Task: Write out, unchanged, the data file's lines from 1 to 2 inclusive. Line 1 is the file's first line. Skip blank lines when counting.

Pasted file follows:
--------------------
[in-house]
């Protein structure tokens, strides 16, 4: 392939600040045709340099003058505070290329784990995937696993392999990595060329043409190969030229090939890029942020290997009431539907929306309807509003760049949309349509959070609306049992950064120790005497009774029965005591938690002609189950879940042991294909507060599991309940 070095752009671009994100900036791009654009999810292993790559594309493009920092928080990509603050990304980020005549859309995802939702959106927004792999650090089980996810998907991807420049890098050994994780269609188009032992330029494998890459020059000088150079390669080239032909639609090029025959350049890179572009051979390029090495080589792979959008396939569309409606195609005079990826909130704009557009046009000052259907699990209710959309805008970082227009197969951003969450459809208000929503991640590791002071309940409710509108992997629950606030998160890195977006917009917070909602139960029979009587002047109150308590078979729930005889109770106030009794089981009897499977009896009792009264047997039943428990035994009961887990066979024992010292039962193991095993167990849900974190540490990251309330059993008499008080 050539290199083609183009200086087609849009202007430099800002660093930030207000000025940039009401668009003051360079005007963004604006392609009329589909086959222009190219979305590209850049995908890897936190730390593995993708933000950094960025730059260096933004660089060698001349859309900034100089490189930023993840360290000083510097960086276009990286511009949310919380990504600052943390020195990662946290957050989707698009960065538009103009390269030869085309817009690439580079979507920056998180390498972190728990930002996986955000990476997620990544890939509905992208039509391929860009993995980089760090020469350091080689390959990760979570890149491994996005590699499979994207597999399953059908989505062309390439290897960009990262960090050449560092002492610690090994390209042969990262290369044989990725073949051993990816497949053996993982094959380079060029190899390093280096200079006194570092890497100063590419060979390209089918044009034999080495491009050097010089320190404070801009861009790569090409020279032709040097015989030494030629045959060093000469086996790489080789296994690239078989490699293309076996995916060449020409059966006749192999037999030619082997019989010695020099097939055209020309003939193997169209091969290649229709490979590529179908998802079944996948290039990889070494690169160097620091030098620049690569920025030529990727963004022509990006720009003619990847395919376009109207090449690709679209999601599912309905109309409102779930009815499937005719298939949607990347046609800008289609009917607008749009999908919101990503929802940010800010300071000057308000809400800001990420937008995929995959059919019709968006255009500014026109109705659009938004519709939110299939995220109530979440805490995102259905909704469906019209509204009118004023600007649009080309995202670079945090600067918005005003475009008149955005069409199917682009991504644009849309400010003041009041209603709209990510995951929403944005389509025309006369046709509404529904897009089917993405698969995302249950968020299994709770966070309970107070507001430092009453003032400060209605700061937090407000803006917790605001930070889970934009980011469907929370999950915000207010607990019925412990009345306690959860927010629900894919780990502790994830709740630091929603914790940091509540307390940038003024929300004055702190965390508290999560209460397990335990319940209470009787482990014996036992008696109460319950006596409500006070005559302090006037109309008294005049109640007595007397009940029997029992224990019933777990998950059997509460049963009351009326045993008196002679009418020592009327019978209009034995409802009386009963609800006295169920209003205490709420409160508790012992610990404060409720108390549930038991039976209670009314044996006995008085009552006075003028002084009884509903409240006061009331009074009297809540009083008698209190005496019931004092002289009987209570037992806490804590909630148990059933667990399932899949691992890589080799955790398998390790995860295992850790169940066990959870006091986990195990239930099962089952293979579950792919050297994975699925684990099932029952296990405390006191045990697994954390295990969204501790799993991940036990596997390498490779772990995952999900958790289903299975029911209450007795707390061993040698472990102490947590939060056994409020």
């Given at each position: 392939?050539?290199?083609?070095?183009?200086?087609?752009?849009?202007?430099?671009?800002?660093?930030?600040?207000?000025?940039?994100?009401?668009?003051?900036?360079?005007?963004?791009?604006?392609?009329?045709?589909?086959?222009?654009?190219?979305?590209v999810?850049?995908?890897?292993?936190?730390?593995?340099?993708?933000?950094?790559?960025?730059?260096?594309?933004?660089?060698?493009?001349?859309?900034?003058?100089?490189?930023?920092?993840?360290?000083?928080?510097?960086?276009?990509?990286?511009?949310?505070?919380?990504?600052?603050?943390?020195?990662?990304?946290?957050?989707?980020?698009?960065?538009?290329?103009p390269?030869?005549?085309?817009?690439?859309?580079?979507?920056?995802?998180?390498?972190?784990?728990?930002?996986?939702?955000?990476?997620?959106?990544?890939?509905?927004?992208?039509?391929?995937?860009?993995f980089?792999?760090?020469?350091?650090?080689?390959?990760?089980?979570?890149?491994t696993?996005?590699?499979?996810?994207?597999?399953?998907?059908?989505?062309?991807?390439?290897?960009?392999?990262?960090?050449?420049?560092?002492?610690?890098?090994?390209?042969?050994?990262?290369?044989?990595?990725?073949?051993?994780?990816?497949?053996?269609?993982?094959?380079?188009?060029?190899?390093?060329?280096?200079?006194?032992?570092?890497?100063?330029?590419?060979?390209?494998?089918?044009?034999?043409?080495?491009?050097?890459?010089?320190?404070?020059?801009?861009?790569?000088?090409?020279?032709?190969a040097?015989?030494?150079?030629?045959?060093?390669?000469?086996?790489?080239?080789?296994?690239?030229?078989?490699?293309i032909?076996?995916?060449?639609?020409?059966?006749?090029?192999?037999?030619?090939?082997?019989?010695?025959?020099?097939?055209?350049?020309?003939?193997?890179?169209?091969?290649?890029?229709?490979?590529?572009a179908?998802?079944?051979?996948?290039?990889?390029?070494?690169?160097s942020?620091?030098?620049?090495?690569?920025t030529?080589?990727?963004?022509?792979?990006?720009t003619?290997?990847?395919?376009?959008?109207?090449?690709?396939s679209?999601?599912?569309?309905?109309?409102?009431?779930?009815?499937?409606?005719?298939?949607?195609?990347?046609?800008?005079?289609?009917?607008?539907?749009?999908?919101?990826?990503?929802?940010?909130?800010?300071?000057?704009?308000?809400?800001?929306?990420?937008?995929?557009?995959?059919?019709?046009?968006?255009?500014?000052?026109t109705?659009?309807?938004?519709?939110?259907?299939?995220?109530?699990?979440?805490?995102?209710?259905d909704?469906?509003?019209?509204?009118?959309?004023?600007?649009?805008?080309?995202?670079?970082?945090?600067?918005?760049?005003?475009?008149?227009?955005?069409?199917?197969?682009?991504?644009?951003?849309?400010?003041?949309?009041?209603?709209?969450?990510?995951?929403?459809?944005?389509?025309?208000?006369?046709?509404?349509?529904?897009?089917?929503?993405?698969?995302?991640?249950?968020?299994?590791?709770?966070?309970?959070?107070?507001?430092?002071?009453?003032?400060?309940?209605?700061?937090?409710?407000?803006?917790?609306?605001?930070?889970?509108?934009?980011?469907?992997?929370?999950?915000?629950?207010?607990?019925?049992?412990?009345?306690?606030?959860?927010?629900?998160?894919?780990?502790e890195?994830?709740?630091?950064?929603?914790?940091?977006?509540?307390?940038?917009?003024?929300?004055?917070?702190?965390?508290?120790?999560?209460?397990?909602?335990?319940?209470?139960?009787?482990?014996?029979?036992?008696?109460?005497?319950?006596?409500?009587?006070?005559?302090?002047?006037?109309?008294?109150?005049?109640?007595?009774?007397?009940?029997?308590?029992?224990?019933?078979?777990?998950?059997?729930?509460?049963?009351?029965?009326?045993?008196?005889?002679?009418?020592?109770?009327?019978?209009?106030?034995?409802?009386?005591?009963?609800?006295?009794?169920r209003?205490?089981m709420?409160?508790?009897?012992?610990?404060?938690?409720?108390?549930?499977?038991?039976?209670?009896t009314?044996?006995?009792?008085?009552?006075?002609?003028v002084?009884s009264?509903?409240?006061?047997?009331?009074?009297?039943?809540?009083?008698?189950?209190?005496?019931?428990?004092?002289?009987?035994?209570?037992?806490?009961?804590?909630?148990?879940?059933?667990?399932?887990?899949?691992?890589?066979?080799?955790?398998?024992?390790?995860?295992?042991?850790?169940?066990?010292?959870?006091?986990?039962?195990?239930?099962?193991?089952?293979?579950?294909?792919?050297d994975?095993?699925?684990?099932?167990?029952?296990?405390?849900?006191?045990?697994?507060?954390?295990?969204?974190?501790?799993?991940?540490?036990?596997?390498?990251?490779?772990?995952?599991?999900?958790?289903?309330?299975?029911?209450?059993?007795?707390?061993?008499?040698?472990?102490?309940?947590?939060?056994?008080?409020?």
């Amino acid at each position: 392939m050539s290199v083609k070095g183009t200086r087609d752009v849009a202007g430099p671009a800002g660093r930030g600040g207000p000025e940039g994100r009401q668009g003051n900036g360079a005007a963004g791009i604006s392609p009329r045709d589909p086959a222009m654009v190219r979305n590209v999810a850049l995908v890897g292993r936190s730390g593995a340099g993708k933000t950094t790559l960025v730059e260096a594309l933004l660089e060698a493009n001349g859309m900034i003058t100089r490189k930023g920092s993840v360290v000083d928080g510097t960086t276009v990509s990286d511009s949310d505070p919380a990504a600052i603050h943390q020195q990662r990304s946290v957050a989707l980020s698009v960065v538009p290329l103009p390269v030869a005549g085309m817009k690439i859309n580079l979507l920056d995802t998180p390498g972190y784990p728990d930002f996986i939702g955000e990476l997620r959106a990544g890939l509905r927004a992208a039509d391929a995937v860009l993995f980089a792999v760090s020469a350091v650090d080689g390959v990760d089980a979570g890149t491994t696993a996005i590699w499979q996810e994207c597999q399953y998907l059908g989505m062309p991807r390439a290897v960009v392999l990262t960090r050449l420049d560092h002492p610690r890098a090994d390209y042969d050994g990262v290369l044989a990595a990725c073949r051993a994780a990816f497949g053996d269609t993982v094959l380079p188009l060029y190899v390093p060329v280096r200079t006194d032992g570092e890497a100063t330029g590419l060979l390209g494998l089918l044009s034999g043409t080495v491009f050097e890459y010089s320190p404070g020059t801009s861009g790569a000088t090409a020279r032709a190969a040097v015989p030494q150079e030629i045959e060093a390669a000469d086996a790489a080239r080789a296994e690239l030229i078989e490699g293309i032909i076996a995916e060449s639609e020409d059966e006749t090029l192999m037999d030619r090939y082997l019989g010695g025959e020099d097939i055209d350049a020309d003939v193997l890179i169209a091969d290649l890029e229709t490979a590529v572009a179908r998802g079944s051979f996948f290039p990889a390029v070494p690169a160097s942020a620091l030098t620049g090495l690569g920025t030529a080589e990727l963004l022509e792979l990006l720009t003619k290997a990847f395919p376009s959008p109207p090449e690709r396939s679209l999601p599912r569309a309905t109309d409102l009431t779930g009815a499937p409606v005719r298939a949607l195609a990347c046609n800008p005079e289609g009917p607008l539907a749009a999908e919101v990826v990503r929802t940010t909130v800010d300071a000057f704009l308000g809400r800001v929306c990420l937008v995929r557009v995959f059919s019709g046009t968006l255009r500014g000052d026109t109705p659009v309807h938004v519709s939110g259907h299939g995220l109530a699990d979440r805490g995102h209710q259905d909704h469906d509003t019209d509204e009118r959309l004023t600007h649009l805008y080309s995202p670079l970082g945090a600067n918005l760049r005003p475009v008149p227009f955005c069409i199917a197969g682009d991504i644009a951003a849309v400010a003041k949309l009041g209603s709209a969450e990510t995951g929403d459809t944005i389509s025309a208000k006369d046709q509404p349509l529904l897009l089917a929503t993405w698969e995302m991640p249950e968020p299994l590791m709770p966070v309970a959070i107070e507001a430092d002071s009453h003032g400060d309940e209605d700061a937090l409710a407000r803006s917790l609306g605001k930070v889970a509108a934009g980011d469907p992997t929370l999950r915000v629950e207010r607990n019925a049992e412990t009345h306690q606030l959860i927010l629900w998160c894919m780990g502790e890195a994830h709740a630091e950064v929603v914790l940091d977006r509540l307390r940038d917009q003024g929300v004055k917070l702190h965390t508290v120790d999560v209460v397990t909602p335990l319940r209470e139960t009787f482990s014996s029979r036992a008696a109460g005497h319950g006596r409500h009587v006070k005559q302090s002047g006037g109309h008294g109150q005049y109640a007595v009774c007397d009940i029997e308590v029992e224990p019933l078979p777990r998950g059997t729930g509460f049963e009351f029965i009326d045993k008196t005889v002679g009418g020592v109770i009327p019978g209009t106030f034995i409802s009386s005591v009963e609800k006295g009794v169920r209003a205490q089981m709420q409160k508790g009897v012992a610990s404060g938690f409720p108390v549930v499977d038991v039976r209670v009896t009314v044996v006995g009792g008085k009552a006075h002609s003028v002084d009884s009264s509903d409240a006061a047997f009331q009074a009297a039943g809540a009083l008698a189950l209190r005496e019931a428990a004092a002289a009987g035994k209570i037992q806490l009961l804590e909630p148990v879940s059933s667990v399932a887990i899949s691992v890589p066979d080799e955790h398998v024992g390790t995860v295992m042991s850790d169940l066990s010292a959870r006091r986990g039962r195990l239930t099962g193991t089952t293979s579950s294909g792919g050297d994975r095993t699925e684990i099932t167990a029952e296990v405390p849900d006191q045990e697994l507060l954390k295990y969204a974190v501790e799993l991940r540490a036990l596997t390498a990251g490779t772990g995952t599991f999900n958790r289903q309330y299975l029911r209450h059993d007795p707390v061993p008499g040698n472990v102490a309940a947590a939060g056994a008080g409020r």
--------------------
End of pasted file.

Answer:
[in-house]
């Protein structure tokens, strides 16, 4: 392939600040045709340099003058505070290329784990995937696993392999990595060329043409190969030229090939890029942020290997009431539907929306309807509003760049949309349509959070609306049992950064120790005497009774029965005591938690002609189950879940042991294909507060599991309940 070095752009671009994100900036791009654009999810292993790559594309493009920092928080990509603050990304980020005549859309995802939702959106927004792999650090089980996810998907991807420049890098050994994780269609188009032992330029494998890459020059000088150079390669080239032909639609090029025959350049890179572009051979390029090495080589792979959008396939569309409606195609005079990826909130704009557009046009000052259907699990209710959309805008970082227009197969951003969450459809208000929503991640590791002071309940409710509108992997629950606030998160890195977006917009917070909602139960029979009587002047109150308590078979729930005889109770106030009794089981009897499977009896009792009264047997039943428990035994009961887990066979024992010292039962193991095993167990849900974190540490990251309330059993008499008080 050539290199083609183009200086087609849009202007430099800002660093930030207000000025940039009401668009003051360079005007963004604006392609009329589909086959222009190219979305590209850049995908890897936190730390593995993708933000950094960025730059260096933004660089060698001349859309900034100089490189930023993840360290000083510097960086276009990286511009949310919380990504600052943390020195990662946290957050989707698009960065538009103009390269030869085309817009690439580079979507920056998180390498972190728990930002996986955000990476997620990544890939509905992208039509391929860009993995980089760090020469350091080689390959990760979570890149491994996005590699499979994207597999399953059908989505062309390439290897960009990262960090050449560092002492610690090994390209042969990262290369044989990725073949051993990816497949053996993982094959380079060029190899390093280096200079006194570092890497100063590419060979390209089918044009034999080495491009050097010089320190404070801009861009790569090409020279032709040097015989030494030629045959060093000469086996790489080789296994690239078989490699293309076996995916060449020409059966006749192999037999030619082997019989010695020099097939055209020309003939193997169209091969290649229709490979590529179908998802079944996948290039990889070494690169160097620091030098620049690569920025030529990727963004022509990006720009003619990847395919376009109207090449690709679209999601599912309905109309409102779930009815499937005719298939949607990347046609800008289609009917607008749009999908919101990503929802940010800010300071000057308000809400800001990420937008995929995959059919019709968006255009500014026109109705659009938004519709939110299939995220109530979440805490995102259905909704469906019209509204009118004023600007649009080309995202670079945090600067918005005003475009008149955005069409199917682009991504644009849309400010003041009041209603709209990510995951929403944005389509025309006369046709509404529904897009089917993405698969995302249950968020299994709770966070309970107070507001430092009453003032400060209605700061937090407000803006917790605001930070889970934009980011469907929370999950915000207010607990019925412990009345306690959860927010629900894919780990502790994830709740630091929603914790940091509540307390940038003024929300004055702190965390508290999560209460397990335990319940209470009787482990014996036992008696109460319950006596409500006070005559302090006037109309008294005049109640007595007397009940029997029992224990019933777990998950059997509460049963009351009326045993008196002679009418020592009327019978209009034995409802009386009963609800006295169920209003205490709420409160508790012992610990404060409720108390549930038991039976209670009314044996006995008085009552006075003028002084009884509903409240006061009331009074009297809540009083008698209190005496019931004092002289009987209570037992806490804590909630148990059933667990399932899949691992890589080799955790398998390790995860295992850790169940066990959870006091986990195990239930099962089952293979579950792919050297994975699925684990099932029952296990405390006191045990697994954390295990969204501790799993991940036990596997390498490779772990995952999900958790289903299975029911209450007795707390061993040698472990102490947590939060056994409020």